BOGOTA, COLOMBIA - A former left-wing guerrilla leader wanted by the United States on drug trafficking charges was arrested upon his release from prison in Colombia Friday, his political party said.
Jesus Santrich, a blind former leader of the FARC rebels, was freed following an order by the special peace court tasked with judging crimes committed during Colombia’s half century of armed conflict.
The Special Jurisdiction for Peace (JEP) ordered the 52-year-old’s release to comply with the “non-extradition guarantee” that formed part of the 2016 peace accord that brought an end to FARC’s 50-year insurrection, converting the former rebels into a communist political party.
“Santrich has just been recaptured at the door” of the prison he was released from, the FARC political party said on its Twitter account.
He left La Picota prison in the south of the capital Bogota in a wheelchair, only to be immediately detained by public prosecutors before being taken away in a police helicopter to an unknown destination.
A source close to Santrich told AFP he had been taken to the prosecutor’s headquarters in Bogota.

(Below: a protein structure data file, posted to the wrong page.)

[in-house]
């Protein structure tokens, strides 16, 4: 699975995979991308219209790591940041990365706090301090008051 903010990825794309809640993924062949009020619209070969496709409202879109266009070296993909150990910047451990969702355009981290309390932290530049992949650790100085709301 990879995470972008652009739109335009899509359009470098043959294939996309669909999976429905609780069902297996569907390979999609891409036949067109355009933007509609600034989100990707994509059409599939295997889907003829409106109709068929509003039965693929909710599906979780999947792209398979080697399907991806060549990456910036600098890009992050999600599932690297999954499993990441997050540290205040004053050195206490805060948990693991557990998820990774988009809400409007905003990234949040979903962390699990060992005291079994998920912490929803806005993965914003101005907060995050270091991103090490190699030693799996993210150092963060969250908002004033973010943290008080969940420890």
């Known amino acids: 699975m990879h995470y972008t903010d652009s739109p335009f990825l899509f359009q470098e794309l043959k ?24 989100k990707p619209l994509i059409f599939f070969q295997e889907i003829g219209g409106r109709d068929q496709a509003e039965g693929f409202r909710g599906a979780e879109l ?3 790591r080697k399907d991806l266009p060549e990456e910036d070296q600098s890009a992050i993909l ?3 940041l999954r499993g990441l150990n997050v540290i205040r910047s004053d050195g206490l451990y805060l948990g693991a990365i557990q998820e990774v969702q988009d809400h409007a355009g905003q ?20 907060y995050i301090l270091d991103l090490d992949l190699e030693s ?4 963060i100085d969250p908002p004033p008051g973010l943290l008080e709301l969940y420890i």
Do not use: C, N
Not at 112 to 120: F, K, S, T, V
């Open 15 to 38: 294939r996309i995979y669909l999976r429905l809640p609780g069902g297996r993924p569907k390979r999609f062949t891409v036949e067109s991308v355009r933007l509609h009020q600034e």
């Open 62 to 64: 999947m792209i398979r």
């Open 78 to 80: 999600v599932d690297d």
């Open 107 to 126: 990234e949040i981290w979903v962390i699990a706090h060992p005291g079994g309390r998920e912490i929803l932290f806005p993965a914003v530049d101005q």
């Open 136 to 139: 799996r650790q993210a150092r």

In a statement, the public prosecutor’s office said it “acted on” an arrest warrant related to the drug-trafficking investigation.
Santrich, whose real name is Seuxis Paucias Hernandez, is suspected of participating in the trafficking of 10 tons of cocaine to the United States between June 2017 and April 2018, crucially after the peace accord was signed in December 2016.
The agreement stipulated that former guerrillas who commit crimes after the pact was signed would be tried in a normal court and would lose the benefits afforded by the accord, such as a ban on extradition.
Washington, through its embassy in Bogota, had strongly opposed Santrich’s release and demanded an “urgent appeal” of the release order.
FARC, the Spanish acronym for the Revolutionary Armed Forces of Colombia, which has subsequently become the Common Alternative Revolutionary Force political party, has denounced the accusations against Santrich as a “judicial set-up.”